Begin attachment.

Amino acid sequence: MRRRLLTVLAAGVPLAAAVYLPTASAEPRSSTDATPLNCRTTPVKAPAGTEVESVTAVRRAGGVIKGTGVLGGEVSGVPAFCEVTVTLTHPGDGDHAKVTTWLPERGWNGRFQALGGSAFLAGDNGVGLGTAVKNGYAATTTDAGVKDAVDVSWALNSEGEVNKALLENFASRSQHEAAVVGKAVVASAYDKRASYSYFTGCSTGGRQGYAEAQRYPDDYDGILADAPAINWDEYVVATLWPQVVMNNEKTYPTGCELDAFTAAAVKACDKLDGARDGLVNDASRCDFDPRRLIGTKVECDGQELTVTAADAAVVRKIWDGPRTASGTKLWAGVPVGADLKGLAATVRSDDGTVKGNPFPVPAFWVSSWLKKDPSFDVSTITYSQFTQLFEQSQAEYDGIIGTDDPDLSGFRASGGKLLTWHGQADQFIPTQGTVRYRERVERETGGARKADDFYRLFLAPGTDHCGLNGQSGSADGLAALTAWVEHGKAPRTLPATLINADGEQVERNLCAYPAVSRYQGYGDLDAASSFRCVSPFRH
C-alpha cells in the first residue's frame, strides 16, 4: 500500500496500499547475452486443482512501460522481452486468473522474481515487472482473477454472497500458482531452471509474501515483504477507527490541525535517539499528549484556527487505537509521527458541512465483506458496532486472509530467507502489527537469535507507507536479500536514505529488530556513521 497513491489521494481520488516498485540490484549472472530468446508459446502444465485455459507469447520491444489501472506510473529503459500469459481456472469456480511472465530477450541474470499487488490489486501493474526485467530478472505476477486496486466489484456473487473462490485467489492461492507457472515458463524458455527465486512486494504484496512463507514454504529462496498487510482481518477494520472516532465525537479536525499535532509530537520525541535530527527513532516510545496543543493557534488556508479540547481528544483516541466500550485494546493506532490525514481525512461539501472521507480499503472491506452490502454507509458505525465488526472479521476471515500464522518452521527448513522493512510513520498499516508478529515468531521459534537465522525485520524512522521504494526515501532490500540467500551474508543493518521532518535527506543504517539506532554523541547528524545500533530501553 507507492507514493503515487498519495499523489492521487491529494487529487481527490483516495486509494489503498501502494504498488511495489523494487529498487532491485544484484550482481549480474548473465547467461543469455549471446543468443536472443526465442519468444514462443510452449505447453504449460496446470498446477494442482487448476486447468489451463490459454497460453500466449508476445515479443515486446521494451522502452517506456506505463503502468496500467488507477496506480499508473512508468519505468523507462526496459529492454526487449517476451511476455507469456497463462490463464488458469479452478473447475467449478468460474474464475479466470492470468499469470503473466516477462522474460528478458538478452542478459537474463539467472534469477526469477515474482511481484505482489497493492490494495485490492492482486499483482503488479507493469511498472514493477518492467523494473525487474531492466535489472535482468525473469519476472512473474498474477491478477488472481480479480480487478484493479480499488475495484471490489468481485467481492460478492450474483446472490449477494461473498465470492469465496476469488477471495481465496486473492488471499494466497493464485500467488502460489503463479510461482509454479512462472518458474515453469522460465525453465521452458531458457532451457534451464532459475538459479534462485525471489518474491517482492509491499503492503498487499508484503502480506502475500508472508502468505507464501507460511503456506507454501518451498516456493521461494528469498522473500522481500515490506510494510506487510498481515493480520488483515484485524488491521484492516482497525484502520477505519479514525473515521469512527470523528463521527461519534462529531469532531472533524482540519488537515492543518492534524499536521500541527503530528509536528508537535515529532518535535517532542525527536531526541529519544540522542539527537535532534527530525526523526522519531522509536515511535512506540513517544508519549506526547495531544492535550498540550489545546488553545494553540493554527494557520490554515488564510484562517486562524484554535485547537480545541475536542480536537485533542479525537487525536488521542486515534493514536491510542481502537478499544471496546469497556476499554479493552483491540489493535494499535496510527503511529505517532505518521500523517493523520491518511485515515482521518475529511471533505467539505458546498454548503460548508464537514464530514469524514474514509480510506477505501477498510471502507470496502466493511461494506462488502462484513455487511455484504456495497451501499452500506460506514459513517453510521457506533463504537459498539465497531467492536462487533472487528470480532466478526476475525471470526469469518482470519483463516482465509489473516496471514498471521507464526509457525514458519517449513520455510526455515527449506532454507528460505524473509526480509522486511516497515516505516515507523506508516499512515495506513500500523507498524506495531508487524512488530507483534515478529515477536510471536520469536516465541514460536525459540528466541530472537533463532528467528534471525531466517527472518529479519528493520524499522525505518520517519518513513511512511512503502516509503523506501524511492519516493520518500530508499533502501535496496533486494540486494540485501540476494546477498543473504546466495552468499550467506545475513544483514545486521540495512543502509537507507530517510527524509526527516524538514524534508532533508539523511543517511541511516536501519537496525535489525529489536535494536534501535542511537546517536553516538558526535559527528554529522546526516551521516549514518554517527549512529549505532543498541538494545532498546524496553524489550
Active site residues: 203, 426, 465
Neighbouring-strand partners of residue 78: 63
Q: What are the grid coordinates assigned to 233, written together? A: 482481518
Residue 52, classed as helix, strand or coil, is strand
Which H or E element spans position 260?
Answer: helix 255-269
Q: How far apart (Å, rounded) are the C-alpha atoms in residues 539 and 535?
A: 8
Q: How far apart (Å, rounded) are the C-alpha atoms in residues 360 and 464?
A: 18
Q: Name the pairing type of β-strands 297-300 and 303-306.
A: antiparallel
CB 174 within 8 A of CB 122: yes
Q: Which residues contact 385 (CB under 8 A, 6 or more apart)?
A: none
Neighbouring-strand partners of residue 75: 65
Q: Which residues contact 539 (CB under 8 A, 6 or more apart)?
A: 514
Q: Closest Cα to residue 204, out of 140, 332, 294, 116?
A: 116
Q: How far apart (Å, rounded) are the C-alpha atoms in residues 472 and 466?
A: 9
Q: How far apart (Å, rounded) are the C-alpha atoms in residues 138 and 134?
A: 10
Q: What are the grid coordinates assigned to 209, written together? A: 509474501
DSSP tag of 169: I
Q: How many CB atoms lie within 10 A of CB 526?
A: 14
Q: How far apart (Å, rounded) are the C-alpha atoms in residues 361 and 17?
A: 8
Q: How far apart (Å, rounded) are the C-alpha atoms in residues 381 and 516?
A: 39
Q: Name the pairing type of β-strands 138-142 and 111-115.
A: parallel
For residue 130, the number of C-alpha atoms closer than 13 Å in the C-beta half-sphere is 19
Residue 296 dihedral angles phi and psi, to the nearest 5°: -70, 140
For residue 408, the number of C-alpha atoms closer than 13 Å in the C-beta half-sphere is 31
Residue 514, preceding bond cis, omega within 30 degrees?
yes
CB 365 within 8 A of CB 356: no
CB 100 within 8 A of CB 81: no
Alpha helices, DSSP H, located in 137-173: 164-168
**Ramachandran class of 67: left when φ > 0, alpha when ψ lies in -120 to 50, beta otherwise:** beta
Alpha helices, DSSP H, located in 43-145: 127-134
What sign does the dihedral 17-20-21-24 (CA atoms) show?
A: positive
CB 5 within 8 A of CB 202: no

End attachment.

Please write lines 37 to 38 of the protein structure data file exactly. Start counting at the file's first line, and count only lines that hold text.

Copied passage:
For residue 130, the number of C-alpha atoms closer than 13 Å in the C-beta half-sphere is 19
Residue 296 dihedral angles phi and psi, to the nearest 5°: -70, 140